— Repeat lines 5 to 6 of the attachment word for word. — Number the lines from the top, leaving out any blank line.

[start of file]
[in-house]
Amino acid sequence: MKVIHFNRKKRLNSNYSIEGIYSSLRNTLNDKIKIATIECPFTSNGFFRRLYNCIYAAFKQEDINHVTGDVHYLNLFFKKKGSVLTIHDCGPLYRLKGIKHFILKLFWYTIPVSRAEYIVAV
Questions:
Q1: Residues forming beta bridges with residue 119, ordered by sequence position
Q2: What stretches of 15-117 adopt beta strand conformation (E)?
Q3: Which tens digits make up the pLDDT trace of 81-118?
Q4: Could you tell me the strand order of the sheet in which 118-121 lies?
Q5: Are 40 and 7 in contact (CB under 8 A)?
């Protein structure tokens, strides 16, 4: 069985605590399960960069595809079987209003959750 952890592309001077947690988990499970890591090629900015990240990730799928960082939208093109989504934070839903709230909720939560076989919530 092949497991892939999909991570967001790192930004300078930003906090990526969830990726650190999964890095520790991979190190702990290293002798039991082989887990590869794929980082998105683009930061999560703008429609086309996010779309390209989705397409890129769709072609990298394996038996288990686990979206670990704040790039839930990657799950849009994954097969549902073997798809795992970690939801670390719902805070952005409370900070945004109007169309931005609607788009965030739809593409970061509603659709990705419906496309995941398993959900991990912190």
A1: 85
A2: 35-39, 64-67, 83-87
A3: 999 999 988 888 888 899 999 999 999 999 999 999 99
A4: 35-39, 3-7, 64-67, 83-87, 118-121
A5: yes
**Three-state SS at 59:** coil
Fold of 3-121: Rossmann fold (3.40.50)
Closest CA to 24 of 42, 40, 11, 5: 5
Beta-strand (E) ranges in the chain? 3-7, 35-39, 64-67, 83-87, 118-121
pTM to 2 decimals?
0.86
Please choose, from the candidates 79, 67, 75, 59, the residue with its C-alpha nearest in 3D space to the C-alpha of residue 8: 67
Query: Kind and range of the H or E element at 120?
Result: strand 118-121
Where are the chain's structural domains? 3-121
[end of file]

Q2: What stretches of 15-117 adopt beta strand conformation (E)?
Q3: Which tens digits make up the pLDDT trace of 81-118?